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  PT-331 "Ramblin' Wrecker / Poochie / Coochie / The Wolf / Ali Baba"
USN
MTBS 21
PT-Boat
Elco 80'

56 Tons
80' x 20' 8" x 5'
1 x 40mm Bofors (stern)
4 x 21" Torpedos
2 x Twin .50 cal MG

Ship History
Built by Electric Boat Company (Elco) in Bayonne, New Jersey. Laid down January 30, 1943. Launched April 8, 1943. Completed April 27, 1943 and assigned to Motor Torpedo Boat Squadron 21 (MTBS 21) under the command of Commander Selman S. Bowling.

On November 19-20, 1943 attempted to tow PT-147 off a coral reef at Teliata Point along with PT-144 and PT-322 but the effort was unsuccessful and the boat was scuttled.

This PT-Boat operated from Dregger Harbor near Finchafen.

On March 5-6, 1944 participated in landing at Volupai on New Britain to support of the landing of US Marines.

On March 30, 1944 supported the landings at Manus captained by Lt(jg) Bernard A. Crimmings was used by U. S. Army General I. P. Swift as an observation ship for the high command, observing the Allied landing at Pityilu Island. Next, on April 3, 1944 PT-331 covered the landings at Rambutyo Island and Tong Island.

On June 25, 1944 PT-331 under the command of Lt. Montz with with PT-193 "Bitchin' Witch" departed Mios Woendi PT Boat Base at 4:30pm bound for Biak and both captains had a conference with the Army Lieutenant and liaison officer about the night's mission.

After dark, both PT Boats started the mission, but the batteries aboard PT-193 were dead, and required PT 311 to start the engines, then both proceeded to Noemfoor, where the Army landed aboard a rubber boat, and were ashore for roughly 45 minutes.

After successfully completing their mission, the PT boats continued westward to along the southern tip of Noemfoor to search for Japanese targets. After midnight, they entered passageway into a wide bay, with a Japanese gun at the western point of the bay.

PT-193 spotted two Japanese lugger or barges off the island, and coordinated an attack, with his PT Boat leading, and PT 331 following to attack them, performing a starboard run from astern of the targets.

One failed to sink but was burning brightly near shore. The PT boats made a second run, spotting a third barge. During this run at approximately 1:30am PT-193 ran aground on the same coral reef the burning barge was stuck atop, off Bani Point. Taylor attempted to reverse the engines, but it did not free the boat and burned out the reverse gear.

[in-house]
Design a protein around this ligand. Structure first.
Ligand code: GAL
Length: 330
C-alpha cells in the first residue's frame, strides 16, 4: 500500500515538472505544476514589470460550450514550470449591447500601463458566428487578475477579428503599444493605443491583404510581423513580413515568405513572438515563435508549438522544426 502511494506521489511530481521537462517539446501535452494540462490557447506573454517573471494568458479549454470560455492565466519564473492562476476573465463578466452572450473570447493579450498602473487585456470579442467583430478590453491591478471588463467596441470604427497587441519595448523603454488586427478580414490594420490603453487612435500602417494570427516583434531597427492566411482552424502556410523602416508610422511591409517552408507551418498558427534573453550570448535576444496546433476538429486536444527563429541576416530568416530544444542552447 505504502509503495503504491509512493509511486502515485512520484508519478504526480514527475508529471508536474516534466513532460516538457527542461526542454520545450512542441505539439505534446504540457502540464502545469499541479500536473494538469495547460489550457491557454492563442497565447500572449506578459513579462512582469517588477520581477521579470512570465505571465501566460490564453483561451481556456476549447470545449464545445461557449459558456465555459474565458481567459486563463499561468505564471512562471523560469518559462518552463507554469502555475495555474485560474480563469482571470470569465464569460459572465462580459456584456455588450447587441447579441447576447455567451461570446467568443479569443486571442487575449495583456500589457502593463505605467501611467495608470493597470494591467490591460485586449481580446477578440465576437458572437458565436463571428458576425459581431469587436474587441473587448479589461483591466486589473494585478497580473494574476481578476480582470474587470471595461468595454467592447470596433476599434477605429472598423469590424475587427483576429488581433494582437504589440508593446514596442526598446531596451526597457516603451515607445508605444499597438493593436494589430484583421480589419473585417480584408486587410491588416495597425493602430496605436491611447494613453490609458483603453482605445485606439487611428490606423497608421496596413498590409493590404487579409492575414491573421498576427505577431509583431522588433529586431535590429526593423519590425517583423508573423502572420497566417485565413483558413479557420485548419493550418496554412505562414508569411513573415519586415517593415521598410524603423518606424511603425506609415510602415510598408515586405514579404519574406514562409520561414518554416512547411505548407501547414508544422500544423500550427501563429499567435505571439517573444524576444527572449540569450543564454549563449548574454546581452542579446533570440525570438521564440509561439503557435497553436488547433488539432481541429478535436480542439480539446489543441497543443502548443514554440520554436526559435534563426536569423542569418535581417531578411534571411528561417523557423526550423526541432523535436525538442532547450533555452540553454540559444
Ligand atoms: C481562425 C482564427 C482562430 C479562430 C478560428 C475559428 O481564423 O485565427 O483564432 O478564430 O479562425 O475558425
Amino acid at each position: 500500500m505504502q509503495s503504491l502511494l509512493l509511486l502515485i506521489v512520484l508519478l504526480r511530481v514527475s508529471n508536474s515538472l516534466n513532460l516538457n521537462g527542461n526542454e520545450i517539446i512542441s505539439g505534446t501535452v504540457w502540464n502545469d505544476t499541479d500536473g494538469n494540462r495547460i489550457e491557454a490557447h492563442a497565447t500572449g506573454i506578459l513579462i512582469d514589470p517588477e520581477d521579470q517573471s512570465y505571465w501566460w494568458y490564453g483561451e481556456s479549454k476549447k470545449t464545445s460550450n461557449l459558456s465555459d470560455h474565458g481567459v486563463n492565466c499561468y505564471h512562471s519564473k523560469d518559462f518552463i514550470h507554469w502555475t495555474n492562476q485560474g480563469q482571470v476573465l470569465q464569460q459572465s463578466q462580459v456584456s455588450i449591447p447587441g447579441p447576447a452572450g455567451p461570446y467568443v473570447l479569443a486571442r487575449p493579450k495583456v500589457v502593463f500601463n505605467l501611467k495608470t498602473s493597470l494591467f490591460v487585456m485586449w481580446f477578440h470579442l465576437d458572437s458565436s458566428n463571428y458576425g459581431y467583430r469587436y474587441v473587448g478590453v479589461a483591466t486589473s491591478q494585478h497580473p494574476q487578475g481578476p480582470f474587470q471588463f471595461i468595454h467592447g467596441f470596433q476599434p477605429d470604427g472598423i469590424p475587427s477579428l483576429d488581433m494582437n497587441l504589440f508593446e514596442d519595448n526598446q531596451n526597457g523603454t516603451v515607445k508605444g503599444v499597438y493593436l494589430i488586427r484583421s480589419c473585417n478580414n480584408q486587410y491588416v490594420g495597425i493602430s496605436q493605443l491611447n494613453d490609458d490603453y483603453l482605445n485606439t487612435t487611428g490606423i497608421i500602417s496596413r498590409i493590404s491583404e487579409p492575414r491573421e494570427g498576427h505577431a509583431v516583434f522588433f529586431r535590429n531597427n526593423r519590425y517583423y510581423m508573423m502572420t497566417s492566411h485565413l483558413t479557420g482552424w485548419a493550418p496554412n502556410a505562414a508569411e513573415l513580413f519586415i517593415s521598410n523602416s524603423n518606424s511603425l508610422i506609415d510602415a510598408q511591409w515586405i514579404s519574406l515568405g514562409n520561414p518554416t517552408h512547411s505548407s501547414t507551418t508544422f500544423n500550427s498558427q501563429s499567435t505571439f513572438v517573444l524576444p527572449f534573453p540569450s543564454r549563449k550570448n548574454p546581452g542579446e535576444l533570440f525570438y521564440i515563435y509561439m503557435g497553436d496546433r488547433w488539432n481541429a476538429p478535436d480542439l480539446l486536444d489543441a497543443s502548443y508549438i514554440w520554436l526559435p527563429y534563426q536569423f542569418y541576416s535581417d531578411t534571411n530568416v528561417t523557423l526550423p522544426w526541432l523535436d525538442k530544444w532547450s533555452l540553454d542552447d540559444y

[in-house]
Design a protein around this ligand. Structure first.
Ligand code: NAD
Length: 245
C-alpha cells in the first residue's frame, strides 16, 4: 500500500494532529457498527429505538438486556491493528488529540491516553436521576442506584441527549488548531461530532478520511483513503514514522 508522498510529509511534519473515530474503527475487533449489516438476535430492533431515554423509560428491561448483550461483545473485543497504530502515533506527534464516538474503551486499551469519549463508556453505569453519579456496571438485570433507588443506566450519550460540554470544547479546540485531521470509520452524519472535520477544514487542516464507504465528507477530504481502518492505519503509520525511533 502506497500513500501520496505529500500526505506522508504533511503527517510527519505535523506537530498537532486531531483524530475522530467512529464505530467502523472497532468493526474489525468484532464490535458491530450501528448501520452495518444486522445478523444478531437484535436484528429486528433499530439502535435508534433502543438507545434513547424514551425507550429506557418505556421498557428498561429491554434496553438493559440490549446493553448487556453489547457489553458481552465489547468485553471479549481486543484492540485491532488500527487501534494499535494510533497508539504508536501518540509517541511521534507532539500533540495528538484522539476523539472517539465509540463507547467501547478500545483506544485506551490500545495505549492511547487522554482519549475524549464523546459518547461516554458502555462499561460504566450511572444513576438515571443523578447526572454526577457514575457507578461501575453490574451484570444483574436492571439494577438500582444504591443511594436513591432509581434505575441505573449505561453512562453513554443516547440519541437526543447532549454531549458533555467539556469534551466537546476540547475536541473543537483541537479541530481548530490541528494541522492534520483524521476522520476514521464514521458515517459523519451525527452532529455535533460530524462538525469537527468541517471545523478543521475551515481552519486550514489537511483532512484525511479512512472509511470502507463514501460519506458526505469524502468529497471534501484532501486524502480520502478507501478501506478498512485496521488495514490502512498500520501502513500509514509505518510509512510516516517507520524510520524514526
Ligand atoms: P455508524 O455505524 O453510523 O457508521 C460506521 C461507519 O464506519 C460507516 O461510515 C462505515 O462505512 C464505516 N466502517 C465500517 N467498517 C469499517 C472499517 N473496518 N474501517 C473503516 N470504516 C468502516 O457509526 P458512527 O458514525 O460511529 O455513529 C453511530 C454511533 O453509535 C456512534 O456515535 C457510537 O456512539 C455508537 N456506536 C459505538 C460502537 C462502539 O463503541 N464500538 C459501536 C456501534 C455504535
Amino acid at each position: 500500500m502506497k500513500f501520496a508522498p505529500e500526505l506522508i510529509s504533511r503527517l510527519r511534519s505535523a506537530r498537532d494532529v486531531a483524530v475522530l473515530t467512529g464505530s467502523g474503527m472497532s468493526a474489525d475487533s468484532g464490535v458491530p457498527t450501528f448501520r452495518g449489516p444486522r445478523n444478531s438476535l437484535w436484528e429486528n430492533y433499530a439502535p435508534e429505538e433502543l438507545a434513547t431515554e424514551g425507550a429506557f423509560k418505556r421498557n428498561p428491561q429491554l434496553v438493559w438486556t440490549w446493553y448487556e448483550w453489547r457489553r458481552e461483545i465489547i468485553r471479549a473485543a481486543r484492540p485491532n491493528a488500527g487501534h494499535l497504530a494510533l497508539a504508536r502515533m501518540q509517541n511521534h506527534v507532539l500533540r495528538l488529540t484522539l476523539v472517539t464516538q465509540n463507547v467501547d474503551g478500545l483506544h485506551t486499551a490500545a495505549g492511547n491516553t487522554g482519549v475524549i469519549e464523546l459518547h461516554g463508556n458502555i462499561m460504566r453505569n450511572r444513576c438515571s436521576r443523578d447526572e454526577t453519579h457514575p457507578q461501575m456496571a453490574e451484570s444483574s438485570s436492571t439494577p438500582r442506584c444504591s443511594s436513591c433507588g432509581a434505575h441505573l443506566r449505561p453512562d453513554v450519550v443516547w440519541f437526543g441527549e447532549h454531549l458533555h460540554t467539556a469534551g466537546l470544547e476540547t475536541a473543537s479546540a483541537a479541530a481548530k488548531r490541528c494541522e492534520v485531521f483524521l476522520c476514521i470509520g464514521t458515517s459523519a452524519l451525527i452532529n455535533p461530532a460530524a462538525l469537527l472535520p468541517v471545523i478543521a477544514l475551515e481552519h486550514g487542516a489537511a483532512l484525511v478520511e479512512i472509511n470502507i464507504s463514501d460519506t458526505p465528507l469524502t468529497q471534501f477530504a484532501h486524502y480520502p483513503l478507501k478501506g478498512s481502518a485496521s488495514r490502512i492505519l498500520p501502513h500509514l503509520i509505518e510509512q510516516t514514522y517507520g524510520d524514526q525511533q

Calling for PT-331 to come to their aid, a tow line was swum out by a crew member of each boat in the hopes that PT-193 could be towed off the reef. Meanwhile, the fire from the burning barge illuminated the entire area and a Japanese gun ashore opened fire, but its shells were short and the rescue was taking place only a few hundred yards from shore.

Unable to free PT-193, Taylor ordered the boat scuttled and the crew and passengers were transferred to PT-331. Secret materials destroyed and guns thrown overboard and both torpedoes released. The ship was ready to be abandoned by 4:30am, and gas poured in all compartments. Taylor went below deck to his quarters for a final check of the ship. While below decks, the gas ignited and exploded, severely wounding Taylor and blowing four crew members (including Bonniol and Ladd) overboard onto the reef and all sustained wounds. Taylor who was severely burned and in shock.

Nearby, PT-331 launched its rubber raft to rescue the wounded crew, but it took 45 minutes to reach them due to the surf and return them to safety. At dawn, a Japanese shore battery opened fire, but failed to score hits.

Departing, PT-331 had damaged its screws and could only achieve slow speed, plus was overloaded with nearly 30 extra crew and passengers. Aboard, Taylor was given morphine and emergency treatment. Returning, PT-194 met PT-331 five miles from base with a medical officer aboard at 9:00am. Returning to Biak, Taylor was transferred aboard hospital ship AHS Maetsuycker, but died from his wounds at 9:45pm that day.

During the Battle of Surigao Strait off Leyte during the night of November 28-29, 1944 PT-127 and PT-131 under the command of Lt(jg) William P. West patrolled Ormoc Bay with both PT Boats fired two torpedoes, PT-127 at an enemy warship and PT-131 at a transport, then withdrew under heavy fire and claimed hits on both targets.

Sinking History
On November 10, 1945 stripped and scuttled off Samar Island.

Seeking Former Crew or Relatives
Are you a relative or veteran of PT-331? Contact us.

References
US Navy Action Report, PT 193 24/25 June 1944
At Close Quarters PT Boats in the United States Navy pages 204, 230-231, 251, 253, 387, 398, 469, 563 (index)
Motor Boating "Last Patrol" by Herb Kester pages 32 - 34, 72, 74, 76, 78, 80
Pacific Island Odyssey pages 60-62
Navy Source PT-331 (photo)

Contribute Information
Are you a relative or associated with any person mentioned?
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Last Updated
May 20, 2019

 

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